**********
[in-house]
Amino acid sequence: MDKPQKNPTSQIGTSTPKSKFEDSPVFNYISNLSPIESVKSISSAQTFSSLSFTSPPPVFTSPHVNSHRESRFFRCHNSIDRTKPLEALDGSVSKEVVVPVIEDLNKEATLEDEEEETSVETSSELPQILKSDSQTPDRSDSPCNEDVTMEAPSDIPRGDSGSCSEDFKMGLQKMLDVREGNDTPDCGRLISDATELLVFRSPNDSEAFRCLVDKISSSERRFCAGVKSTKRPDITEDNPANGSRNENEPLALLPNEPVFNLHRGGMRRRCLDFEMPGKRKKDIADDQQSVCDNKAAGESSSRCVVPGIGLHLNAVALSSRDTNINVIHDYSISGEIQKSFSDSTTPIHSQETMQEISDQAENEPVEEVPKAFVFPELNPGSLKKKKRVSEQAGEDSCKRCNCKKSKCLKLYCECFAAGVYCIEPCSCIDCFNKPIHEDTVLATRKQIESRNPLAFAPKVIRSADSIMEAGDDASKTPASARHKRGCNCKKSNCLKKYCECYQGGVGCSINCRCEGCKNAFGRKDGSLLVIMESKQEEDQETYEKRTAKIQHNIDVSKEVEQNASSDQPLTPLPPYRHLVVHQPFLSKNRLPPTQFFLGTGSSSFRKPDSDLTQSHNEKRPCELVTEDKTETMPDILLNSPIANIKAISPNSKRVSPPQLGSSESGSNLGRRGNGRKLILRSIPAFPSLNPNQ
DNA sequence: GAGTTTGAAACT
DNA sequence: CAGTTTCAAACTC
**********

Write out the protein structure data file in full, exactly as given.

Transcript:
[in-house]
Amino acid sequence: MDKPQKNPTSQIGTSTPKSKFEDSPVFNYISNLSPIESVKSISSAQTFSSLSFTSPPPVFTSPHVNSHRESRFFRCHNSIDRTKPLEALDGSVSKEVVVPVIEDLNKEATLEDEEEETSVETSSELPQILKSDSQTPDRSDSPCNEDVTMEAPSDIPRGDSGSCSEDFKMGLQKMLDVREGNDTPDCGRLISDATELLVFRSPNDSEAFRCLVDKISSSERRFCAGVKSTKRPDITEDNPANGSRNENEPLALLPNEPVFNLHRGGMRRRCLDFEMPGKRKKDIADDQQSVCDNKAAGESSSRCVVPGIGLHLNAVALSSRDTNINVIHDYSISGEIQKSFSDSTTPIHSQETMQEISDQAENEPVEEVPKAFVFPELNPGSLKKKKRVSEQAGEDSCKRCNCKKSKCLKLYCECFAAGVYCIEPCSCIDCFNKPIHEDTVLATRKQIESRNPLAFAPKVIRSADSIMEAGDDASKTPASARHKRGCNCKKSNCLKKYCECYQGGVGCSINCRCEGCKNAFGRKDGSLLVIMESKQEEDQETYEKRTAKIQHNIDVSKEVEQNASSDQPLTPLPPYRHLVVHQPFLSKNRLPPTQFFLGTGSSSFRKPDSDLTQSHNEKRPCELVTEDKTETMPDILLNSPIANIKAISPNSKRVSPPQLGSSESGSNLGRRGNGRKLILRSIPAFPSLNPNQ
DNA sequence: GAGTTTGAAACT
DNA sequence: CAGTTTCAAACTC